Cambridge Silicon Radio is pushing a low-cost, one-chip solution that includes both a radio transceiver and a control processor, essentially a data formatter, implemented entirely in CMOS. But Silicon Wave argues that the integration of a radio and control processor may result in design compromises in the architecture of each and delays in time-to-market as the more complex part is tuned and tweaked. Silicon Wave advocates a two-chip solution, with the radio transceiver implemented in BiCMOS.
Both manufacturers insist that readily available FR-4 materials can be used to implement Blue, though the "fine print" in CSR's article reminds readers that a matching network-or ballun-is required to ensure an impedance match between transceiver terminals on their chip and the detachable antenna. Impedance matching, which is extremely important in RF circuits, ensures that signals will not be attenuated along the path from chip to antenna. The company recommends a printed-circuit board implementation, in which the impedance-matching network-representing fractions of the wavelength produced by the 2.4-GHz carrier-is etched into the board's metal traces.
National Semiconductor Corp. (Santa Clara, Calif. ), like CSR and Silicon Wave, is working on a single-chip Bluetooth radio and is looking to integrate the stack and control processors in successive generations. Bob Swann's contribution, though, comes at the packaging issue from a slightly different angle. He examines the use of chip-scale packaging and laminates for RF circuits, an option that offers further IC size reductions for devices packaged in SOT surface mount.
The contribution from DuPont's (Research Triangle Park, N.C.) Sam Horowitz explains the design benefits of using low-temperature co-fired ceramics (LTCCs). "Sandwiching passives and RF tank circuits with semiconductor devices between layers of ceramic or glass-and replacing chip resistors and capacitors with thick films in the sandwich-can result in considerable savings in size, space and component count," he writes. What's more, low temperature coefficients of expansion mean the LTCCs are dimensionally stable under a wide variety of environmental conditions, ensuring the integrity of the RF circuits they carry. It should come as no surprise that this is the preferred packaging for RF modules in cellular handsets. Ericsson's Bluetooth module offering, in fact, is an LTCC. It is somewhat more costly than an FR-4 PCB implementation, but Ericsson's module represents a stable reference design.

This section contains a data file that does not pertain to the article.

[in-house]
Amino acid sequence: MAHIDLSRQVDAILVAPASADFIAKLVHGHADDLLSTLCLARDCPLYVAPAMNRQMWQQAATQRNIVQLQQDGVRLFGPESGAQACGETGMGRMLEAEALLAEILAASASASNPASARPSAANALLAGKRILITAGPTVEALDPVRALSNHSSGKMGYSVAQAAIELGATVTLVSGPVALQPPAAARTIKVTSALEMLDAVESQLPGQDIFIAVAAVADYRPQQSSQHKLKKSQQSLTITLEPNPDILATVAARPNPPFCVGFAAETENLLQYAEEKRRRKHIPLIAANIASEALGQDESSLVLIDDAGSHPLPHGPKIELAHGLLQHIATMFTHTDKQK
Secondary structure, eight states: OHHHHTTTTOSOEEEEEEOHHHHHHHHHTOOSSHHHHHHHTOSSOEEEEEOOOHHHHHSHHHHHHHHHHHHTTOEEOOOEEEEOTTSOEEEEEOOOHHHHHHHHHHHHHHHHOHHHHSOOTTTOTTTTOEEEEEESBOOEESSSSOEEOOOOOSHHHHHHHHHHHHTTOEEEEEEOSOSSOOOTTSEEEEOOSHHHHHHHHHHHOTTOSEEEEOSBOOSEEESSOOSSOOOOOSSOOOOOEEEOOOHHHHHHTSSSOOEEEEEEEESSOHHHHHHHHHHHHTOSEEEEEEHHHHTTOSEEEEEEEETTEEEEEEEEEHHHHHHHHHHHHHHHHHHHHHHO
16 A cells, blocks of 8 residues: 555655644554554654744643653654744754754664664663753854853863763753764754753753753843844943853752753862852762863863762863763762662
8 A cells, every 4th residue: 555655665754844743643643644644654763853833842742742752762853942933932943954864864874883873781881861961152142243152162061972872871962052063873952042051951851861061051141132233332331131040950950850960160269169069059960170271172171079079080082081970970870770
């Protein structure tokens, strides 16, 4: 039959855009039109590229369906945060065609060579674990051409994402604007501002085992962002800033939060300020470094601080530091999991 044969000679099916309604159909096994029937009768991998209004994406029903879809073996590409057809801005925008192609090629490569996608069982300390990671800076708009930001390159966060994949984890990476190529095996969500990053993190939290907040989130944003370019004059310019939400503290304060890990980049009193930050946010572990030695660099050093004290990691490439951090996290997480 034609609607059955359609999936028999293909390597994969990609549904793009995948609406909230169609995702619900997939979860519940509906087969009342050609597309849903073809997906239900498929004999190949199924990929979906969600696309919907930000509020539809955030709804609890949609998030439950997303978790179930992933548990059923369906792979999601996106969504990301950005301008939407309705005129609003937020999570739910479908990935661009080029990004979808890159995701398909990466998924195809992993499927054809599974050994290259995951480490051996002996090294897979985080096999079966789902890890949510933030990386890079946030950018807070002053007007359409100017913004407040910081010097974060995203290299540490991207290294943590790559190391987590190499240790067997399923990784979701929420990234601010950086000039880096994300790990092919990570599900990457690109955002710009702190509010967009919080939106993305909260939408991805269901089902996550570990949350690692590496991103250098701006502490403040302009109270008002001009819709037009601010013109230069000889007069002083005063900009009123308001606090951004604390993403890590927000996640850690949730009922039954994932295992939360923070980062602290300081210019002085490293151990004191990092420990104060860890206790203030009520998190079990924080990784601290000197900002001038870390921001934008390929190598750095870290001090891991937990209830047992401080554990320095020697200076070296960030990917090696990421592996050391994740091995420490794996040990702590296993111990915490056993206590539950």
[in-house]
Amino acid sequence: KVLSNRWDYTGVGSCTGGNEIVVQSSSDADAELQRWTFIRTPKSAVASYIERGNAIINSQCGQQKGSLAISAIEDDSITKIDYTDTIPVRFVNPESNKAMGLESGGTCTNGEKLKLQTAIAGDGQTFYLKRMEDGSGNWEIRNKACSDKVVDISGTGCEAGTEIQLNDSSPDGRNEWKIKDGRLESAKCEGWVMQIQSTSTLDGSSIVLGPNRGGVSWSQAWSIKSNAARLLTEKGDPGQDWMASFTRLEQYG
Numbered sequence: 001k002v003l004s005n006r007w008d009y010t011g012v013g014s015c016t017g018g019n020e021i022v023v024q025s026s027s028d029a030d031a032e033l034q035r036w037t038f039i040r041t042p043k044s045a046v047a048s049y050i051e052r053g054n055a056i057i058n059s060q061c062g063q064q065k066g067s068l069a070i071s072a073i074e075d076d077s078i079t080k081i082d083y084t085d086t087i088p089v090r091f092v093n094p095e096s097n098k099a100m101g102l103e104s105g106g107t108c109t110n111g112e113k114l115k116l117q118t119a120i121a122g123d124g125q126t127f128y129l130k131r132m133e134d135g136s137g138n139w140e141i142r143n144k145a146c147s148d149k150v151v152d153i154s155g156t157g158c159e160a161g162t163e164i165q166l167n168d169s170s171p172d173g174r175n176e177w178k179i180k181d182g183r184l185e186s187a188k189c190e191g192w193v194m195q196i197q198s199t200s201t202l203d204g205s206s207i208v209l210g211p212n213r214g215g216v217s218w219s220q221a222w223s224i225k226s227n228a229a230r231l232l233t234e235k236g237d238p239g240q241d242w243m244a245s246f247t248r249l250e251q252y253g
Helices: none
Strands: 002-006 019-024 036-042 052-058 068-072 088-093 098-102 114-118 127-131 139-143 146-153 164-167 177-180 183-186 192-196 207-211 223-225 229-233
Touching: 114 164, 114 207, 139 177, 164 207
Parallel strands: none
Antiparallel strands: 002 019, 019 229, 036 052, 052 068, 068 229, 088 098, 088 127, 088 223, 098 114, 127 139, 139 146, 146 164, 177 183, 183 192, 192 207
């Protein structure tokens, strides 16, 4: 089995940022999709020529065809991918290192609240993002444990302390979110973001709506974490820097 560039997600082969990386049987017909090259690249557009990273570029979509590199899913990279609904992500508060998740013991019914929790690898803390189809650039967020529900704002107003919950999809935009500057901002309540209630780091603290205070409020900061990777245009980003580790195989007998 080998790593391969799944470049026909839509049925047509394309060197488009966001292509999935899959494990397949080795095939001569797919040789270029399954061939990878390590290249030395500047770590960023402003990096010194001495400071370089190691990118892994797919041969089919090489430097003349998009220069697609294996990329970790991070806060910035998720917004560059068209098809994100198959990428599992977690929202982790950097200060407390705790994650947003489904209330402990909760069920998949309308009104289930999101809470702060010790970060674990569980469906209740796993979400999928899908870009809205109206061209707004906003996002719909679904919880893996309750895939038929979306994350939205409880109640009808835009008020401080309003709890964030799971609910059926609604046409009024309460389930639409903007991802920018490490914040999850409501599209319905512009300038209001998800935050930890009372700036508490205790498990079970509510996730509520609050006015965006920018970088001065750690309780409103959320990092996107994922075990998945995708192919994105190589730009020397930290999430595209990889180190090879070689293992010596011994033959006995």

Bridging islands of automation
A variation of LTCC called Multi-Mix, where stable phenolics as well as ceramic and glass are used to package high-density RF circuits, is described by Richard Dec of Merrimac Industries Inc. (West Caldwell, N.J.). The technology is so well-suited for handsets that Ericsson invested in the company, buying 17.5 percent of Merrimac's stock last April.Meanwhile, of prime concern to consultant Don Brown, who leads the International Wireless Packaging Consortium (IWPC), is a shortage of published knowledge on the characteristics of packaging materials, substrates and components-especially as those are applied to RF transmitters and receivers. Even where EDA tools are able to encapsulate knowledge of materials and models of components, the tools exist as "islands of automation," with few ways of moving design data from one tool to another in the design process without manual reentry.
The IWPC is developing a tool set and database standard that would enable RF engineers to access reliable design information quickly-ideally from the Internet. Brown identifies specifications of special interest to RF designers-including operating frequency, bandpass design and tolerance requirements, transmitted and received RF power., thermal stability of material properties, and-above all else-cost. Brown's 1998 survey of 250 engineers and manufacturers revealed not just a shortage of details in such areas but also a lack of standards among RF material and component suppliers.
A standardized database and easy access to design information, Brown believes, would speed time-to-market for millions of new cell phone designs, pagers, GPS devices, pico cell links, wireless PDAs and automotive RF products. By holding close to a dozen workshops each year and developing an Electronic Product Design System tool set, the IWPC is showing progress toward that goal.